Bakhmut… Meanwhile it’s sure: this is now the major show-down in this war. In reaction to the Russians massively bolstering their forces in the area, RUMINT has it that the ZSU has already re-deployed — or is in the process of re-deploying — no less than six brigades to this area.

Not all of these are in the line yet, though, and thus the Russians are pushing, wave after wave, very hard, along the entire frontline from Bilohorivka on the Siversky Donets in the north, via Soledar down the eastern side of Bakhmut to Optyne, Klishchiivka, Kurdyumivka, to Pivnichene at least. Wagner attacks on Bilohorivka, Verkhnokamyanske, and Spirne were all smashed with relative ease.

That said, the centrepiece of the fighting in this area, the last two days, was the area from Kurdyumivka to Novoselivka, south of Bakhmut. Kurdyumivka is bitterly contested while, further south, and after securing Kuzemivka, Wagner’s convicts have reached the northern and then the eastern side of Novoselivka, one kilometre further west. Of course, the place was already razed to the ground by their artillery, and it’s near-certain that it was captured meanwhile. Facing attacks from multiple directions by numerically superior enemy, the 30th Mech withdrew, once again.

Characteristically, the Russian aim in this area seems to be a ‘typical Putin’: reach the ‘border’ of the Luhansk Oblast (i.e. ‘Luhansk People’s Republic’) in this part of Ukraine. Ukrainians have their own opinion about such ideas, and thus it seems they’re repeatedly subjecting the Russians to flanking counterattacks. One of these drove all the way to Kuzemivka, the last night, but without any lasting results.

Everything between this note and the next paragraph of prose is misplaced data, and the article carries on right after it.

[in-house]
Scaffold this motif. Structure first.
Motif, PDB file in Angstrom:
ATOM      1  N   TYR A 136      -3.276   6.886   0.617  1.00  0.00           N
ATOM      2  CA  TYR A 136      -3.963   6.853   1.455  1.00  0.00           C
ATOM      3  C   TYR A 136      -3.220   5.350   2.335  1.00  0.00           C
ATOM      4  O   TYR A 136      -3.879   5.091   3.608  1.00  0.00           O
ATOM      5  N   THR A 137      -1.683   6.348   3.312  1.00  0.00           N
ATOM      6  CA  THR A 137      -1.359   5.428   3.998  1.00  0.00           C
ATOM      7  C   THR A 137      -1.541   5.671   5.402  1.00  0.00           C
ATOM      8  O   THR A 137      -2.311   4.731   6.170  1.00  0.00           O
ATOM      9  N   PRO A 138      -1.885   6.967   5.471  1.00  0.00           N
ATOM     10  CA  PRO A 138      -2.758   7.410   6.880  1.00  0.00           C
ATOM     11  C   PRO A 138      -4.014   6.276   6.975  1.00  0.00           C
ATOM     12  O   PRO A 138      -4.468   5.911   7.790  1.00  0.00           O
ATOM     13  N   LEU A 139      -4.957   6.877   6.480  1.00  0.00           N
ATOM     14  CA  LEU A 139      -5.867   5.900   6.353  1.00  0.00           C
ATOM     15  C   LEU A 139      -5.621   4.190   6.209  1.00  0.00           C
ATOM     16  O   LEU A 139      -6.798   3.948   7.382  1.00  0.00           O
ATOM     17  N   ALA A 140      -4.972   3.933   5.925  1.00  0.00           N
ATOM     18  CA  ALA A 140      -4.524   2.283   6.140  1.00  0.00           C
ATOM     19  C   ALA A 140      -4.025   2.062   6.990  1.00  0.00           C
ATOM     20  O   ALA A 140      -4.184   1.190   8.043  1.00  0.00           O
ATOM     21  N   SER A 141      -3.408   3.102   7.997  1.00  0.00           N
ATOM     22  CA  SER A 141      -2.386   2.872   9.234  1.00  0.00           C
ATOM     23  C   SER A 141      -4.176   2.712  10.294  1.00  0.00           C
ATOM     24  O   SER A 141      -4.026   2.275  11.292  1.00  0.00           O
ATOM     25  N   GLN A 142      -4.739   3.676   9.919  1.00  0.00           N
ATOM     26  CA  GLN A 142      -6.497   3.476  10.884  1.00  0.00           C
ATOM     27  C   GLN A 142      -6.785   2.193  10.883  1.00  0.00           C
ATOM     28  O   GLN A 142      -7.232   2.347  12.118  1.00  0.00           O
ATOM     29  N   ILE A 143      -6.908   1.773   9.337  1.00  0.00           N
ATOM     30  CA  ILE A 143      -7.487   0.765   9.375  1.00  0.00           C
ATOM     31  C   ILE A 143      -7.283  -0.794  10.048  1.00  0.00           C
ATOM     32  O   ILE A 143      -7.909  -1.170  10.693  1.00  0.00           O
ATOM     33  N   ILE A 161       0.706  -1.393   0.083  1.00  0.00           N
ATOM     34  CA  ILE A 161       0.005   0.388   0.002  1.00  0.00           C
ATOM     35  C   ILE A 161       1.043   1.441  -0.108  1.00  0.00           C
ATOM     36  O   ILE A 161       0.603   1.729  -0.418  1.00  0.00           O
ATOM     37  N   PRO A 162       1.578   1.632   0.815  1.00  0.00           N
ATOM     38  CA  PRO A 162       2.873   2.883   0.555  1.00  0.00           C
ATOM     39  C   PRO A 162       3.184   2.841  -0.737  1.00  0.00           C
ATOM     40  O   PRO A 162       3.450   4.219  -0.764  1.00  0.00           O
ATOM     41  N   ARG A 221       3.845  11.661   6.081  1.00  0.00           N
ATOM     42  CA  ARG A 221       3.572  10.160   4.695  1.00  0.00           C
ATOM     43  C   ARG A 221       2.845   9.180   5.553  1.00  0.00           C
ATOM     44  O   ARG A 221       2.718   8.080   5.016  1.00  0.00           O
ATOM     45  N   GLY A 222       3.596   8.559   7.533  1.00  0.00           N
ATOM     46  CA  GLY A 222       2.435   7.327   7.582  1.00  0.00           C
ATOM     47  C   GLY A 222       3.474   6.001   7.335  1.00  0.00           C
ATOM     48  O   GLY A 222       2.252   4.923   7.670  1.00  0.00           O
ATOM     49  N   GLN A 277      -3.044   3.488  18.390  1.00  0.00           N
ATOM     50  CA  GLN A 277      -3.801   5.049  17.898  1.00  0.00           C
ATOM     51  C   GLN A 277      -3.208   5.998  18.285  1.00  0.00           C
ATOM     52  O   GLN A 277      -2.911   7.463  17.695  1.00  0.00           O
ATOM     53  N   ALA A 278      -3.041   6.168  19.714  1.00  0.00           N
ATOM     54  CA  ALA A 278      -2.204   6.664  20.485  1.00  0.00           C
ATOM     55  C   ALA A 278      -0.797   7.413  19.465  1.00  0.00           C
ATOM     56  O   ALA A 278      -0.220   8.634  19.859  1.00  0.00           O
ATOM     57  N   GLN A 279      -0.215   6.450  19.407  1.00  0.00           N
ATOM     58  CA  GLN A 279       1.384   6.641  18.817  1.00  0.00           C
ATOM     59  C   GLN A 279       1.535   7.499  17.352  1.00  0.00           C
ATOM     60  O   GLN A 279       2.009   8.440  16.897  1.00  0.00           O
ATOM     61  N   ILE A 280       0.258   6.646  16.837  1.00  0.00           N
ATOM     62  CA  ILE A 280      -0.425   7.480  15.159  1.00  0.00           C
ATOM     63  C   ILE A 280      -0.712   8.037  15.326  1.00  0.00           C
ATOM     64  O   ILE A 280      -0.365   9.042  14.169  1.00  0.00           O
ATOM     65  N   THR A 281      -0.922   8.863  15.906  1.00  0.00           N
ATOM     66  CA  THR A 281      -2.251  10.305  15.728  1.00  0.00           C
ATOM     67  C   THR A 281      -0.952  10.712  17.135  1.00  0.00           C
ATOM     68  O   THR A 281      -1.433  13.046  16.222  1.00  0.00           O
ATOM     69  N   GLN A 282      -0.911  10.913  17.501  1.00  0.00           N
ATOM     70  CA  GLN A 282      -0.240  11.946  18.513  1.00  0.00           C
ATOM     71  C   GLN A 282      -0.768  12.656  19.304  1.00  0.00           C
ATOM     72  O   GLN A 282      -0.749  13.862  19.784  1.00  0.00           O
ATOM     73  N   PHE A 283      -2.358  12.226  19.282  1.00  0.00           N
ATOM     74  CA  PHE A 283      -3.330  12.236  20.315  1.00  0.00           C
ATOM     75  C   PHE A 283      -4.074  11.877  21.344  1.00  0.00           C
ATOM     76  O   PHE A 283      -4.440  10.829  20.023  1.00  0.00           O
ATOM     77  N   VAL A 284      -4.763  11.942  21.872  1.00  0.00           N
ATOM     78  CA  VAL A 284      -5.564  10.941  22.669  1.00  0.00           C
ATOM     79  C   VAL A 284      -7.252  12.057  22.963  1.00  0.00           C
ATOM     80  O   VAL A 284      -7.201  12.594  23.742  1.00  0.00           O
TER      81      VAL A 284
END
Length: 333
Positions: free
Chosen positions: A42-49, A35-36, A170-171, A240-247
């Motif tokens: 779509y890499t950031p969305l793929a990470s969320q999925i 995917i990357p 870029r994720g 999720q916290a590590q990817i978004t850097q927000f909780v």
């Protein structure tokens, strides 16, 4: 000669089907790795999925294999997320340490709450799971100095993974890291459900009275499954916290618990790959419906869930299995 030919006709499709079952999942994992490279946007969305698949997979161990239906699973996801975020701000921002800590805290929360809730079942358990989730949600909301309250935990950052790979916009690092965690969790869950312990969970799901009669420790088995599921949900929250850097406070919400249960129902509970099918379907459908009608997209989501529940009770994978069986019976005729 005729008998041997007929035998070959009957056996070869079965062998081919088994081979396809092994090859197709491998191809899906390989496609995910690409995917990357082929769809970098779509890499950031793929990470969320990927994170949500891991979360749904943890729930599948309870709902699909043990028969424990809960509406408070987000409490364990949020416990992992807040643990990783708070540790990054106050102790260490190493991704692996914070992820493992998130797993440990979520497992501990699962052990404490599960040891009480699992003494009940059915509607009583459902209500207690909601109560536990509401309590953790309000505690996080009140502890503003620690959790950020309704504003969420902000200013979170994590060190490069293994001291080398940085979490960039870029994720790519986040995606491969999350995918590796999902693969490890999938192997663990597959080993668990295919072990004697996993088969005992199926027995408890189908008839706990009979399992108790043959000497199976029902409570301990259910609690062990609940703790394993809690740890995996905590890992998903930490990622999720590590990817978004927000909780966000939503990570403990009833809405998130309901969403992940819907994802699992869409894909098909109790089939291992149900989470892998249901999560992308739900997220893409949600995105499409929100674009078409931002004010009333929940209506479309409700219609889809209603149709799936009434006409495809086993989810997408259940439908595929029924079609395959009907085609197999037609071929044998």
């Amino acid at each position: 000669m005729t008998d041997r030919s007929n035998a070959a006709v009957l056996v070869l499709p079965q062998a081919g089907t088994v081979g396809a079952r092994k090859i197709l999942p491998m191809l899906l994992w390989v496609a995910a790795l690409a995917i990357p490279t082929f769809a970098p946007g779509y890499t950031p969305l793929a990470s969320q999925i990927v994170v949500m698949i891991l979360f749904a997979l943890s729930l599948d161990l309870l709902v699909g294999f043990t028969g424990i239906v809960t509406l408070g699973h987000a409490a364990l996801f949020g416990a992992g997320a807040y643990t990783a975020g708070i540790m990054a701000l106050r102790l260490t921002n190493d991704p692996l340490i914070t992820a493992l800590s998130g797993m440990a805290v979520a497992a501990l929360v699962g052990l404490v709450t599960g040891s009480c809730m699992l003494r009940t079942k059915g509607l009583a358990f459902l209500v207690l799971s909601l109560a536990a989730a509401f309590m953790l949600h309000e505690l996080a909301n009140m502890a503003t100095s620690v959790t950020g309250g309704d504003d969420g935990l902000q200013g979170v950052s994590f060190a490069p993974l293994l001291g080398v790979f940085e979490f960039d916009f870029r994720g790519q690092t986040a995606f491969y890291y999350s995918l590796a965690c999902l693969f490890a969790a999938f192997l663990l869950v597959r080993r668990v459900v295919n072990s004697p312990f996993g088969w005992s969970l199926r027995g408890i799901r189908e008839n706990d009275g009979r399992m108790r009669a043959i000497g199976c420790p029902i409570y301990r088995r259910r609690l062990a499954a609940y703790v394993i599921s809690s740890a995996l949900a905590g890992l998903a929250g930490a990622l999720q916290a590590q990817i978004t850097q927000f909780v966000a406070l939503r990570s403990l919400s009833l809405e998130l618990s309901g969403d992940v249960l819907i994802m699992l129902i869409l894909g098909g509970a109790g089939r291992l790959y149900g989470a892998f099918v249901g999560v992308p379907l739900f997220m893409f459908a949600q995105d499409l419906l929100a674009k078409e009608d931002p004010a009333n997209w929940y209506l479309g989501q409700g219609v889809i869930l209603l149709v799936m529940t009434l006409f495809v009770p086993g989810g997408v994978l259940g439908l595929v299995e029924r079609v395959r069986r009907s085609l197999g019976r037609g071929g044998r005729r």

Generally: although local Russian attacks are taking place by day, too, most important fighting seems to be run by night. The reason is that ‘even’ Wagner PMC has figured out how to operate by night, and is meanwhile quite well equipped for this purpose. Apparently, the same was not valid for the Ukrainian 30th Mech — or the Russians found a different way to keep its outposts busy before overrunning them, at the start of this offensive, about a week ago.

Russian reservists hauled to the frontline on a BMP-1 IFV. After all the video-reports demonstrating the quality of their plastic helmets and bordy armour, and about Moscow now importing these from China and Iran, I cannot but wonder: is Tehran exporting plastic ‘Keys to Heaven’ to Russia, too…?

Avdiivka… I have to repeat the same I’m reporting about this area for at least six months. Which is that the Russians attacked Krasnohorivka and Marinka, and that with massive support of their artillery… Actually, there’s no way to describe what kind of artillery barrages are ZSU troops there enduring. Thus it’s unfair, but cannot than summarise this with the following: the sole ‘true news’ I was able to find from this area was a Russian mechanised attack on Pervomaiske, apparently run on 1 December. Didn’t get trough but, hey: for once, they tried it with tanks, not only with artillery and infantry.

Finally…. Southern Zaporizhzhya….and southern Kherson… the last two days, have caught yet more RUMINT about a Russian withdrawal from the Polohy area. Also from the eastern bank of the Dnipro, in south-east Kherson. But still: there’s no hard evidence for any kind of a major Ukrainian advance — whether in the Polohy area, or on the Kinburn Peninsula, or in the Oleshky area. We’ve got to be patient and wait to see what comes out.

AUTHOR: Tom Cooper